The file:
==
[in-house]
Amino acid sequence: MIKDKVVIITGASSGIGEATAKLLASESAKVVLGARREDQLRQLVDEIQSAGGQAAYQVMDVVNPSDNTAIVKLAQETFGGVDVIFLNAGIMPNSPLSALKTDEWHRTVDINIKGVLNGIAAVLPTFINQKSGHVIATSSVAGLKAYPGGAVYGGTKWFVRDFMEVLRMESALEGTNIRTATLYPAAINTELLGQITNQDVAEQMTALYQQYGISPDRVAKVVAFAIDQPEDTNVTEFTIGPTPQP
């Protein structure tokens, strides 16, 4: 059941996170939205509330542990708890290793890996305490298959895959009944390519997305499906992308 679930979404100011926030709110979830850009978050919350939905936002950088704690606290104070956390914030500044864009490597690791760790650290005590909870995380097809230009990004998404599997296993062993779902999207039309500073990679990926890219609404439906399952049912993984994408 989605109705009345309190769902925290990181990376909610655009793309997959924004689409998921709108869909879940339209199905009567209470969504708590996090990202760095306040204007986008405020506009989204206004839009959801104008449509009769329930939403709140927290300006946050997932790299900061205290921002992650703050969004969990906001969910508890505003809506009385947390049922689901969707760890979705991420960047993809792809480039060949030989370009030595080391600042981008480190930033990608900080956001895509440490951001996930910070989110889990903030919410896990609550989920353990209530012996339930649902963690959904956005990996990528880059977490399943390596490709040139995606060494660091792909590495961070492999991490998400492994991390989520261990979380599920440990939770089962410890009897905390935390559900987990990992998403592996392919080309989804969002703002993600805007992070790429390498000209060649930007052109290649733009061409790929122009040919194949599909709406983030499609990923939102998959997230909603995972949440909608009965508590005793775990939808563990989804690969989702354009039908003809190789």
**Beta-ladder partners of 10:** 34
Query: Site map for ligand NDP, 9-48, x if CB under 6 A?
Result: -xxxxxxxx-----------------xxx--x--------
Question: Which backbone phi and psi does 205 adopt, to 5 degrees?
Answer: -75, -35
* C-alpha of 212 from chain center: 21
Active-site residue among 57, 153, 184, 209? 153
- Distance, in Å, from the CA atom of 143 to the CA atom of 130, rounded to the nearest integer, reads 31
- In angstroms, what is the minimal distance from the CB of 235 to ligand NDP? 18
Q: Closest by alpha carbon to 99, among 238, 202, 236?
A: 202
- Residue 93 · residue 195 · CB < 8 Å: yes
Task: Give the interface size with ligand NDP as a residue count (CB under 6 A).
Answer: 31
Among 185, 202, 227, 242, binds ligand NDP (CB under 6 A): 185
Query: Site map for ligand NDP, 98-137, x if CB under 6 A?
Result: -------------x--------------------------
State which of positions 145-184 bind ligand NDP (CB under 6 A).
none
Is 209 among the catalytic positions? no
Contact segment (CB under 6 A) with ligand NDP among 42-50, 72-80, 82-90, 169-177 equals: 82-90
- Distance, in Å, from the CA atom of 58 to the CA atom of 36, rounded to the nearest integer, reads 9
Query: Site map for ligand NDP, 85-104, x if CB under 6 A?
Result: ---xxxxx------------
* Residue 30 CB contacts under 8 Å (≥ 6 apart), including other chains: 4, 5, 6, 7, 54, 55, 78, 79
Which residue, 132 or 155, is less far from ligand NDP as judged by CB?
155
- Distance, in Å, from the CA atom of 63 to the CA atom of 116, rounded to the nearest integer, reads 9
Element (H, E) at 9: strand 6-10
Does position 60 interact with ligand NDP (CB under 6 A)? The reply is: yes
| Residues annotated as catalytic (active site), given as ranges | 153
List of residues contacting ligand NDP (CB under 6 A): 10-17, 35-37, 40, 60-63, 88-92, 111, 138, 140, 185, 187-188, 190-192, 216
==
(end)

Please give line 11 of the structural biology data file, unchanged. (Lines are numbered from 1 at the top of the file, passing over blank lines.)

- Distance, in Å, from the CA atom of 143 to the CA atom of 130, rounded to the nearest integer, reads 31